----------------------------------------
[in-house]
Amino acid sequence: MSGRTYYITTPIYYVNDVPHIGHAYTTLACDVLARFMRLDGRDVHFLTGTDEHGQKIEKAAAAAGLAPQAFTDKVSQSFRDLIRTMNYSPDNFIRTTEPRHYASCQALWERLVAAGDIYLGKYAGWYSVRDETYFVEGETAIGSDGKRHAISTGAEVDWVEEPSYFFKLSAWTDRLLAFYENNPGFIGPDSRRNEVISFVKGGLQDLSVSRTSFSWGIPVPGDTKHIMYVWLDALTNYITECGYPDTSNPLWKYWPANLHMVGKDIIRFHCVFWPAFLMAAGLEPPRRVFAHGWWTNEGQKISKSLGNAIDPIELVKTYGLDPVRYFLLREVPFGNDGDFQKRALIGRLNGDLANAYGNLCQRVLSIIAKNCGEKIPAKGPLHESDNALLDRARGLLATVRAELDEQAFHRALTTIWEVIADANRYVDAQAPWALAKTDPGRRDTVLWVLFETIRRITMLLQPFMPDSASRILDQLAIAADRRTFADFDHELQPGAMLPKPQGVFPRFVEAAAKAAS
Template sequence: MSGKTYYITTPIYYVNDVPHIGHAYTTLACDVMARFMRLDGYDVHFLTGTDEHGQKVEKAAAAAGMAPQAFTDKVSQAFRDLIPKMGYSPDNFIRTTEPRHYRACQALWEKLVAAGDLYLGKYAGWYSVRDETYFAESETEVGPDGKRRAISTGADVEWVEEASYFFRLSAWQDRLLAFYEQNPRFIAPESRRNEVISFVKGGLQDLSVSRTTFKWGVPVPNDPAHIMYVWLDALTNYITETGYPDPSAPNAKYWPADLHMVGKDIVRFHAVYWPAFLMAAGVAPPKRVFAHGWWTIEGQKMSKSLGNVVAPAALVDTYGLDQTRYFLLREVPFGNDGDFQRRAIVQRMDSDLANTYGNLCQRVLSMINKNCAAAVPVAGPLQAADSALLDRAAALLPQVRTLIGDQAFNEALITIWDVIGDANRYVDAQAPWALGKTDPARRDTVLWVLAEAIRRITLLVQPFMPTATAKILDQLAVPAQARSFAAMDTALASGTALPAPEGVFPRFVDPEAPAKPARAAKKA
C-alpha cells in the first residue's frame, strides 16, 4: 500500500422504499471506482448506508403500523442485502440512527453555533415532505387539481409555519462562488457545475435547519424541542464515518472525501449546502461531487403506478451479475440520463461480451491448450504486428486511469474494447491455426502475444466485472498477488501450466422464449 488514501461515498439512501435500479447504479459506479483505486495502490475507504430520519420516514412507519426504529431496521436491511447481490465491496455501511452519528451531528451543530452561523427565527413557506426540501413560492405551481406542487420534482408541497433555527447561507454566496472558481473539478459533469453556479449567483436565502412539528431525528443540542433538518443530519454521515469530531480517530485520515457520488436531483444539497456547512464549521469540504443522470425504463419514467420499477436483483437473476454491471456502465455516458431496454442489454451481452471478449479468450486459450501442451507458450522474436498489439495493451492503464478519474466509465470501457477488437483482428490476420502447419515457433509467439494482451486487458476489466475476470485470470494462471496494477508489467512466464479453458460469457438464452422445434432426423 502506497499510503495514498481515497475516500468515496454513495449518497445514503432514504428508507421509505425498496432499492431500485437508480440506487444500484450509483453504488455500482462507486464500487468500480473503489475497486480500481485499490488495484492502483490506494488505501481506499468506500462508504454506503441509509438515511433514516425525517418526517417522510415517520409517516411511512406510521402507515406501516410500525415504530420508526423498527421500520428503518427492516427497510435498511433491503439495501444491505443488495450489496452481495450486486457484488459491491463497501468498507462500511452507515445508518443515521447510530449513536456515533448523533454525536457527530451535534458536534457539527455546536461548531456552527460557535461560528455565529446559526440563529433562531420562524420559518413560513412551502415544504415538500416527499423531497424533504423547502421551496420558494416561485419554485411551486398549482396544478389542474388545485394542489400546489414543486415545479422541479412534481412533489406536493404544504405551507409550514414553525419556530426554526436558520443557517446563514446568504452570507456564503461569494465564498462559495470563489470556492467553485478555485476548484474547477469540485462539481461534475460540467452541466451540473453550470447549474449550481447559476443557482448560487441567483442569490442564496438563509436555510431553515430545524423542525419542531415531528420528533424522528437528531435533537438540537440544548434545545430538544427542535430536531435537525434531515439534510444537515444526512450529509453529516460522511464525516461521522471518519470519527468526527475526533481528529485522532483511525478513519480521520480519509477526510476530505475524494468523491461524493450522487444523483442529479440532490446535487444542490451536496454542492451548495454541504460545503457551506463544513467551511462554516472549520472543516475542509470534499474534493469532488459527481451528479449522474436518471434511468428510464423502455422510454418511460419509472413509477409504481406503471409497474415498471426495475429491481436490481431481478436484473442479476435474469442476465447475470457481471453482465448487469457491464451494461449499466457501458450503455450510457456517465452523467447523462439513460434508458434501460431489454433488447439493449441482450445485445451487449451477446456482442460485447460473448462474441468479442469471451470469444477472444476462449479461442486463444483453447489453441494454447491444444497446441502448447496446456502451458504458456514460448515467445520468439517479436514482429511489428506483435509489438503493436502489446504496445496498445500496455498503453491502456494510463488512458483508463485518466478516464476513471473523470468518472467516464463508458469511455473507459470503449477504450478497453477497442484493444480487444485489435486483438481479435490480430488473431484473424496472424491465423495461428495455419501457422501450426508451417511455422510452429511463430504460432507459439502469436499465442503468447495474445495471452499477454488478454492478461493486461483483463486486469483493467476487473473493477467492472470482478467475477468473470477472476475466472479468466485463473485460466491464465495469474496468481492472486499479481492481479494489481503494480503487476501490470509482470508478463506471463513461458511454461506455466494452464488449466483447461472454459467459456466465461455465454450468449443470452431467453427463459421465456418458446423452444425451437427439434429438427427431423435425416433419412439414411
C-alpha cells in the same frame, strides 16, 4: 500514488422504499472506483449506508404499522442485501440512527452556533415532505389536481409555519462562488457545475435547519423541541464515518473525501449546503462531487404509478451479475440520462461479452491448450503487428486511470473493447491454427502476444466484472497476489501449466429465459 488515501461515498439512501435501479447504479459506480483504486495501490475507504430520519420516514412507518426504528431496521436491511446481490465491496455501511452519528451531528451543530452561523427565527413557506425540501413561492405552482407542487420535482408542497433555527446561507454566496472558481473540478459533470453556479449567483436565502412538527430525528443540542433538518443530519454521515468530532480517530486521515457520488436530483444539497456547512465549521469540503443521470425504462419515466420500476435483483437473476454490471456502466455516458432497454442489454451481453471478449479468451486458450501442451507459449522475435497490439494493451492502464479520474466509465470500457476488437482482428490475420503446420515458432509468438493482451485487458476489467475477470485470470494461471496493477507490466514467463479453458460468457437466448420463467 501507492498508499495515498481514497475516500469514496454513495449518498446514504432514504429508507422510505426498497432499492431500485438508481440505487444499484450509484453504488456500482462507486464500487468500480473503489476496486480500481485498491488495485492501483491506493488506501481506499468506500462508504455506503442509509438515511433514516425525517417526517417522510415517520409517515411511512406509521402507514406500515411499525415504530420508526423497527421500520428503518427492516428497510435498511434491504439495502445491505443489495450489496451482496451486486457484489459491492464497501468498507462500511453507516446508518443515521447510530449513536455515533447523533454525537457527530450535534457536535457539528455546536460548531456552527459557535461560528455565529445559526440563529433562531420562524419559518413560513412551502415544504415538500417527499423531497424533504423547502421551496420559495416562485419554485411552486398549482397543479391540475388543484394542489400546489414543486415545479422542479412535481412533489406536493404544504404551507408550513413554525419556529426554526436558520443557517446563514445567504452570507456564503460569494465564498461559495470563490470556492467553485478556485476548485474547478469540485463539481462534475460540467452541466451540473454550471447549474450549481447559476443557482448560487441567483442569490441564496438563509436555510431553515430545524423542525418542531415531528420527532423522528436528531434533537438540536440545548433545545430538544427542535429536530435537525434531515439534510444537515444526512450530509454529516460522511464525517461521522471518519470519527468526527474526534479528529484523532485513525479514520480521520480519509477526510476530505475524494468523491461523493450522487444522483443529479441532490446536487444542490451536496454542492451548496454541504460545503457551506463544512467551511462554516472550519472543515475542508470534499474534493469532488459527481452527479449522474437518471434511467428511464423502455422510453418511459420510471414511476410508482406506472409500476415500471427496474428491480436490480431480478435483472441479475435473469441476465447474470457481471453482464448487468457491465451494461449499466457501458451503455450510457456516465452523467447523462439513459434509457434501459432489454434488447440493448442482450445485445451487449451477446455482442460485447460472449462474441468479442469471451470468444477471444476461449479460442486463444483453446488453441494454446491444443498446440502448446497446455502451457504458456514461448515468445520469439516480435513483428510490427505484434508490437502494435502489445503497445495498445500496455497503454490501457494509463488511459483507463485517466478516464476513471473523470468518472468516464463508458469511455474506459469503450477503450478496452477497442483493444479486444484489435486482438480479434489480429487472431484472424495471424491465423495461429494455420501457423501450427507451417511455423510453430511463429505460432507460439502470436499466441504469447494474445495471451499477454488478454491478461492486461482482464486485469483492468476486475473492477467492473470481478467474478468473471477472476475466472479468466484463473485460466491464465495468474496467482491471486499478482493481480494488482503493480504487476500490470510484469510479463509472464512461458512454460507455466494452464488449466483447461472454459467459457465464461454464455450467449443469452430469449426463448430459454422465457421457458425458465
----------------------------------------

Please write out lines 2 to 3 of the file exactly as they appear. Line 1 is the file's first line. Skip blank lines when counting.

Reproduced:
Amino acid sequence: MSGRTYYITTPIYYVNDVPHIGHAYTTLACDVLARFMRLDGRDVHFLTGTDEHGQKIEKAAAAAGLAPQAFTDKVSQSFRDLIRTMNYSPDNFIRTTEPRHYASCQALWERLVAAGDIYLGKYAGWYSVRDETYFVEGETAIGSDGKRHAISTGAEVDWVEEPSYFFKLSAWTDRLLAFYENNPGFIGPDSRRNEVISFVKGGLQDLSVSRTSFSWGIPVPGDTKHIMYVWLDALTNYITECGYPDTSNPLWKYWPANLHMVGKDIIRFHCVFWPAFLMAAGLEPPRRVFAHGWWTNEGQKISKSLGNAIDPIELVKTYGLDPVRYFLLREVPFGNDGDFQKRALIGRLNGDLANAYGNLCQRVLSIIAKNCGEKIPAKGPLHESDNALLDRARGLLATVRAELDEQAFHRALTTIWEVIADANRYVDAQAPWALAKTDPGRRDTVLWVLFETIRRITMLLQPFMPDSASRILDQLAIAADRRTFADFDHELQPGAMLPKPQGVFPRFVEAAAKAAS
Template sequence: MSGKTYYITTPIYYVNDVPHIGHAYTTLACDVMARFMRLDGYDVHFLTGTDEHGQKVEKAAAAAGMAPQAFTDKVSQAFRDLIPKMGYSPDNFIRTTEPRHYRACQALWEKLVAAGDLYLGKYAGWYSVRDETYFAESETEVGPDGKRRAISTGADVEWVEEASYFFRLSAWQDRLLAFYEQNPRFIAPESRRNEVISFVKGGLQDLSVSRTTFKWGVPVPNDPAHIMYVWLDALTNYITETGYPDPSAPNAKYWPADLHMVGKDIVRFHAVYWPAFLMAAGVAPPKRVFAHGWWTIEGQKMSKSLGNVVAPAALVDTYGLDQTRYFLLREVPFGNDGDFQRRAIVQRMDSDLANTYGNLCQRVLSMINKNCAAAVPVAGPLQAADSALLDRAAALLPQVRTLIGDQAFNEALITIWDVIGDANRYVDAQAPWALGKTDPARRDTVLWVLAEAIRRITLLVQPFMPTATAKILDQLAVPAQARSFAAMDTALASGTALPAPEGVFPRFVDPEAPAKPARAAKKA